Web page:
Over the course of 17 months, President Donald Trump has battled with courts across the nation, attempting to impose his travel ban. Now, the president’s fight to issue his controversial order has come to an end.
Last week, the Supreme Court made a decision to uphold President Trump’s travel ban, which means that the issuance of immigrant and non-immigrant visas will be indefinitely suspended for individuals from several predominantly Muslim countries—namely Iran, Libya, Somalia, Syria, and Yemen. This policy delivers a major political win for the president, who has made the travel ban a top priority since the very beginning of his presidential campaign.
Here is a brief history of President Trump’s travel ban.
Civics Lesson: The Fifth and Fourteenth Amendment
Due process is a Constitutional right that comes from the Fifth and Fourteenth Amendments. The Fifth Amendment applies to the federal government, while the Fourteenth Amendment applies to state and local government.
The Fifth Amendment protects an individual from being held for committing a crime unless they have been indicted correctly by the police. The Fourteenth Amendment clearly says that no state can “deprive any person of their life, liberty, or property without due process of law.” In other words, the state cannot deprive individuals of basic rights without first allowing for the proper legal proceedings.
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January 27, 2017:
President Donald Trump issues an executive order, temporarily suspending travel from Iraq, Iran, Libya, Somalia, Sudan, and Yemen for 90 days and blocking refugees for 120 days. A few days later, agents from the Department of Homeland Security block travelers from these countries from entering the U.S., leading to Muslim ban protests and the beginning stages of legal action.
February 3, 2017:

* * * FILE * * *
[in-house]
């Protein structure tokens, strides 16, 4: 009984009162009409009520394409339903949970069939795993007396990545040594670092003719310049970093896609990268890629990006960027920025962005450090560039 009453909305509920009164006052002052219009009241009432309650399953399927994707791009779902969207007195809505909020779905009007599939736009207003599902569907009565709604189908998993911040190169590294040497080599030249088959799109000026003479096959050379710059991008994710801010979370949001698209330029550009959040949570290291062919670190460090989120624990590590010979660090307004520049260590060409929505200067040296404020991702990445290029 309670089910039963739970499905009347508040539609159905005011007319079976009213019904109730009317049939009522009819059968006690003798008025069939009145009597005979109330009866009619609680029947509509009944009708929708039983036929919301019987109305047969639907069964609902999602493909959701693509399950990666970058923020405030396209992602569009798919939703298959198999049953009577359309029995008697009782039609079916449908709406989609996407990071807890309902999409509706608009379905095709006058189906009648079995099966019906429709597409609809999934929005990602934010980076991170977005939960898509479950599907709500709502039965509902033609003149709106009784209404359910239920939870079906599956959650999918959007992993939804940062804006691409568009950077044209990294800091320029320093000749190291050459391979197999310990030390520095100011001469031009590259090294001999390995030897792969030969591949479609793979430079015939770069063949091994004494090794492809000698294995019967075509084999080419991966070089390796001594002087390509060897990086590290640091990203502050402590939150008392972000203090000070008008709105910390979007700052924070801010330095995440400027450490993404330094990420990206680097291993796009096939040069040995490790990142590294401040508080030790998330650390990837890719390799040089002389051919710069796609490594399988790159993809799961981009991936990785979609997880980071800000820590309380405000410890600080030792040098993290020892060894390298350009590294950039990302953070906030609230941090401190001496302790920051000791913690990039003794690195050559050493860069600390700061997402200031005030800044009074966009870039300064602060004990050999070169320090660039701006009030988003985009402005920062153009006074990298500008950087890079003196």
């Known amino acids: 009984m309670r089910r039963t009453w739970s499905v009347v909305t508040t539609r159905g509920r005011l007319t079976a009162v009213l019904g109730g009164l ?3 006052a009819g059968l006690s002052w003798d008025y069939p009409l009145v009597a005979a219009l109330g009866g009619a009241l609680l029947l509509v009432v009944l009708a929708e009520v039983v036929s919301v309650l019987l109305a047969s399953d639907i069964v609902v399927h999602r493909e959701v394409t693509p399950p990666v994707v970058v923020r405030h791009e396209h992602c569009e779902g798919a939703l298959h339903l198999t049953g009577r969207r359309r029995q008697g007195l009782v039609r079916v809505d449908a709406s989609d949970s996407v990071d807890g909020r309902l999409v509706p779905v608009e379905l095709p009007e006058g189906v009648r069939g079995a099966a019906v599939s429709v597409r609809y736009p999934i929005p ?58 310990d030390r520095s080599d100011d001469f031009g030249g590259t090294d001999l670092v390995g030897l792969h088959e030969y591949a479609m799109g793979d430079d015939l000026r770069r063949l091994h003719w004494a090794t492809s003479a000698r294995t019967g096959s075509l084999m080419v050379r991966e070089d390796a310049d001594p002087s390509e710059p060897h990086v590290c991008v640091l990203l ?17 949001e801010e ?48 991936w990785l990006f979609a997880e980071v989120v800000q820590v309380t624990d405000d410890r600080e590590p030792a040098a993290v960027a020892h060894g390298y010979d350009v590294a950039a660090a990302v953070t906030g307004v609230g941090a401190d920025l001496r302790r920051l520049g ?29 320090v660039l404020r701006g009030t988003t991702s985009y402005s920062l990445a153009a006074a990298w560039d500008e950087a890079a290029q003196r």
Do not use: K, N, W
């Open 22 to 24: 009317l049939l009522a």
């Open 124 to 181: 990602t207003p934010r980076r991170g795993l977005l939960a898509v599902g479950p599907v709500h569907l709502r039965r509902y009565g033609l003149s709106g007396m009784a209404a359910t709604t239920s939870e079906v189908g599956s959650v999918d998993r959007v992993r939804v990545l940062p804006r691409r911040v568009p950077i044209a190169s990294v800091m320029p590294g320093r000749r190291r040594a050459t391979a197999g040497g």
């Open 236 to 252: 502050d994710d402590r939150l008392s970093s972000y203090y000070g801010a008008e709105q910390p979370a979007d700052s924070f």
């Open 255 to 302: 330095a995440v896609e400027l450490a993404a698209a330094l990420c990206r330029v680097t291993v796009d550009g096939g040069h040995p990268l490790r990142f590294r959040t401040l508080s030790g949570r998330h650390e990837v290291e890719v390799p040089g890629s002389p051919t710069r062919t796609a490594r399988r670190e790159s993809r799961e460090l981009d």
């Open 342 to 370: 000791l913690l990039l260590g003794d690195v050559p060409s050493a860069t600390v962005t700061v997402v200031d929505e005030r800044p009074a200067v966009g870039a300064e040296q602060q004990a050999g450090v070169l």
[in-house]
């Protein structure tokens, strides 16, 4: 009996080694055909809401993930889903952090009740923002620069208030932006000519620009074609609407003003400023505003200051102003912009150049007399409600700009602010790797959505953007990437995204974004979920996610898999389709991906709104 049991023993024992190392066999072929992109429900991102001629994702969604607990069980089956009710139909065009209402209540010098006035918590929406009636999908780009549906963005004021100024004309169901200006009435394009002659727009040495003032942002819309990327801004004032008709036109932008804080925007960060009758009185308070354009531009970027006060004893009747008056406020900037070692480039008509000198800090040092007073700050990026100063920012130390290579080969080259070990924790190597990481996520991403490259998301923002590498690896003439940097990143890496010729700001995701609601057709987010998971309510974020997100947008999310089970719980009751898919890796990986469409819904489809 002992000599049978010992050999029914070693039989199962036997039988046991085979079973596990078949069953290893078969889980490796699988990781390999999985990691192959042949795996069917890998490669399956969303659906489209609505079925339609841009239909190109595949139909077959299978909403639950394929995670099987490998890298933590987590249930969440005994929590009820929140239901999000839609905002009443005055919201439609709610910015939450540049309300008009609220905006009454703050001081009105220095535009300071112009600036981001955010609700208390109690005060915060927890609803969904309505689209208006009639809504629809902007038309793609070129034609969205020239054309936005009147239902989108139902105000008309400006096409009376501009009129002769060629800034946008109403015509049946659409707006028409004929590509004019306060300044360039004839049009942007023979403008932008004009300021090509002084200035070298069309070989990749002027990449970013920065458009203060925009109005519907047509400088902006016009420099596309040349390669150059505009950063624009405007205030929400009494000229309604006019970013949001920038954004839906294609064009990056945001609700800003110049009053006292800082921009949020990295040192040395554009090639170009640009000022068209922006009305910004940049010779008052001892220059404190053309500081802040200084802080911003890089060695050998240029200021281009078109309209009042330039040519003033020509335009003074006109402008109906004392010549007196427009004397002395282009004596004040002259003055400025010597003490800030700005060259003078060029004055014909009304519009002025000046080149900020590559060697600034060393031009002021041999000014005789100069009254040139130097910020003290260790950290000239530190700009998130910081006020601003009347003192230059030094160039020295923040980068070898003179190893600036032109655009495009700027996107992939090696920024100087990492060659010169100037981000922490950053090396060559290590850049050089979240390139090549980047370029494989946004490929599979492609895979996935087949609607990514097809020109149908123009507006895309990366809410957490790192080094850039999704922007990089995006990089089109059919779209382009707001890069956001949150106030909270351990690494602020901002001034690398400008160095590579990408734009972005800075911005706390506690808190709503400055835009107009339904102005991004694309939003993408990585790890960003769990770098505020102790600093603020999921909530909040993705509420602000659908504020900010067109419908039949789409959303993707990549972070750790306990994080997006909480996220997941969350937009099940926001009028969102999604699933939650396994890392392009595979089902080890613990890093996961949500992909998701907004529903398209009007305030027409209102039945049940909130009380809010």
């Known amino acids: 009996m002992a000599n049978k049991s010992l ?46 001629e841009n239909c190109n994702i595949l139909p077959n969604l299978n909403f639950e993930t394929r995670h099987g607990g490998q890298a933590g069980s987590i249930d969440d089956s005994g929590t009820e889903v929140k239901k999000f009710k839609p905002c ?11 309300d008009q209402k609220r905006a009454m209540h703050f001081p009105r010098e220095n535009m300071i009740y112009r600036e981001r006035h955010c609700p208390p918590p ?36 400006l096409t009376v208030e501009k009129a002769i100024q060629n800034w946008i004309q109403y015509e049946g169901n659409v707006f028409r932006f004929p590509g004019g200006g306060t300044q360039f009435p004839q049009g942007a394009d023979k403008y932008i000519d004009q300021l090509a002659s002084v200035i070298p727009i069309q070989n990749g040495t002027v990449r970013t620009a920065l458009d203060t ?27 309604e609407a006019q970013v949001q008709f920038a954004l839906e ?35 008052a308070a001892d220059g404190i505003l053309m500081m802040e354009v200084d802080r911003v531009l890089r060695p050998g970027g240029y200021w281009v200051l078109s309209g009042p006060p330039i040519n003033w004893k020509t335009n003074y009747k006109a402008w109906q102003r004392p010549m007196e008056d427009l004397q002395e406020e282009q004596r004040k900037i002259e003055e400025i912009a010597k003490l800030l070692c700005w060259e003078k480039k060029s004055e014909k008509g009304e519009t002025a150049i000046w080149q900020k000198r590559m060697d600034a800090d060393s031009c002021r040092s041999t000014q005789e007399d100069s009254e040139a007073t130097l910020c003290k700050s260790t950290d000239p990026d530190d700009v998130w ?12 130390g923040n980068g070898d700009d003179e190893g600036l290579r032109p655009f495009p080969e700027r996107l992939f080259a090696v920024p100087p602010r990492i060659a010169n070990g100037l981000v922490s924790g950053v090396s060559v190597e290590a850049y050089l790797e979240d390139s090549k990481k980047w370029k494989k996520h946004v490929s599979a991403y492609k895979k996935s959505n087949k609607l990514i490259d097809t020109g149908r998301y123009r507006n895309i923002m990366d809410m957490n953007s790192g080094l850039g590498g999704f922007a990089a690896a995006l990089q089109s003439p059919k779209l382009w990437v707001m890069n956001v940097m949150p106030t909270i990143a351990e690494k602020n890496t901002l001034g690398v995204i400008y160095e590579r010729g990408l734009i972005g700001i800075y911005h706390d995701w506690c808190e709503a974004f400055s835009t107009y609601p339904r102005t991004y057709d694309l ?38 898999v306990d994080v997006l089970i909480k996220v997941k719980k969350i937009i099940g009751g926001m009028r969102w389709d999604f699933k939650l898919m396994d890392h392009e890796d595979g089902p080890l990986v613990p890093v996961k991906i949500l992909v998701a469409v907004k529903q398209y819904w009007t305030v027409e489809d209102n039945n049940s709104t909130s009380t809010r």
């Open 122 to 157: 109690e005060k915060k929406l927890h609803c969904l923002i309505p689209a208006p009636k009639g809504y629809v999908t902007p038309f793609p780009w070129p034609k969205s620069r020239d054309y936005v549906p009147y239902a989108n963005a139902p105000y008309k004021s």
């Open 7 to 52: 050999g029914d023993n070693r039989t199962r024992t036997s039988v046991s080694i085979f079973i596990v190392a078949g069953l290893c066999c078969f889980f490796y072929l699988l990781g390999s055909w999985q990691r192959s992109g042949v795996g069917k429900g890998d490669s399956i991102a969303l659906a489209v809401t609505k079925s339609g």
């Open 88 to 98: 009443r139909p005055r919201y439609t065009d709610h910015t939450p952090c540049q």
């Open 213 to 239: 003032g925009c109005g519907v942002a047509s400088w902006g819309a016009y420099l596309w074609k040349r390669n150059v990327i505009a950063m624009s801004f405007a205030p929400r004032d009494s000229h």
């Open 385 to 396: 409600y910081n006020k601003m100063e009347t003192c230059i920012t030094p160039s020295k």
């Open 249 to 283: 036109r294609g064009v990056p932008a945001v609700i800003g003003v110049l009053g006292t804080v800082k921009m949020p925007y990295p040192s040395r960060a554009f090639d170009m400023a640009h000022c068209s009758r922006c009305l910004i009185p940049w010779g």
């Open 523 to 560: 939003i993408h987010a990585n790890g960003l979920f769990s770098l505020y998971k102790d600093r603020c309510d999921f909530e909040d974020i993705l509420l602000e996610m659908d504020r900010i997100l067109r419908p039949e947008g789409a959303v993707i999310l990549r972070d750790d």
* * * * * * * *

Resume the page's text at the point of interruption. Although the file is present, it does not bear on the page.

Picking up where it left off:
Federal District Court Judge James Robart sends out a nationwide restraining order blocking the policy from being implemented, which provides short-term relief for hundreds of people initially affected by the ban. A week later, The U.S. Court of Appeals for the 9th Circuit refuses to reinstate the ban, stating that it violates due process rights.
March 6, 2017:
President Trump issues a revised travel ban targeting only six countries and exempting visa- and green card-holders in an attempt to appease the courts. Shortly after, Federal District Judge Derrick Watson issues a nationwide halt to the revised travel ban. Next, Maryland Federal Distict Judge Theodore Chuang partially blocks the travel ban on the basis of “religious discrimination against Muslims.” The U.S. Court of Appeals for the 4th Circuit upholds the ruling from Maryland.
June 26, 2017:
The Supreme Court upholds certain parts of the ban. Meanwhile, travelers with visas are obligated to prove their connection to a U.S. organization or individual in order to steer clear of the ban.
September 24, 2017:
President Trump sends out his third version of the travel ban, which includes indefinite bans for individuals from Iran, Libya, Somalia, Syria, Yemen, Chad, North Korea, and Venezuela. (Chad, however, was recently dropped from this list).
October 17, 2017:
Judge Watson in Hawaii and Judge Chuang in Maryland both block the third version nationwide, ruling that it “constitutes a Muslim ban that violates the Constitution’s protections against religious discrimination.”
December 4, 2017:
The Supreme Court rules that the ban can take full effect while legal challenges continue in federal appeals courts. As a response, a three-judge panel of the 9th Circuit appeals court rulings against the ban.
January 19, 2018:
The Supreme Court agrees to hear the Justice Department’s appeal of the 9th Circuit ruling, leading to multiple oral arguments.
February 15, 2018:
Once again, the full 4th Circuit appeals court declares the ban “unconstitutional based on its discrimination against Muslims.”
April 25, 2018:
The Supreme Court hears oral arguments on the appeal of the 9th Circuit ruling.
June 26, 2018:
The Supreme Court upholds President Trump’s travel ban, stating that the president has the authority to execute such an immigration ban on the basis of national security. Those who opposed the ban compared it to the 1944 Korematsu v. United States decision, which endorsed the use of Japanese internment camps during World War II.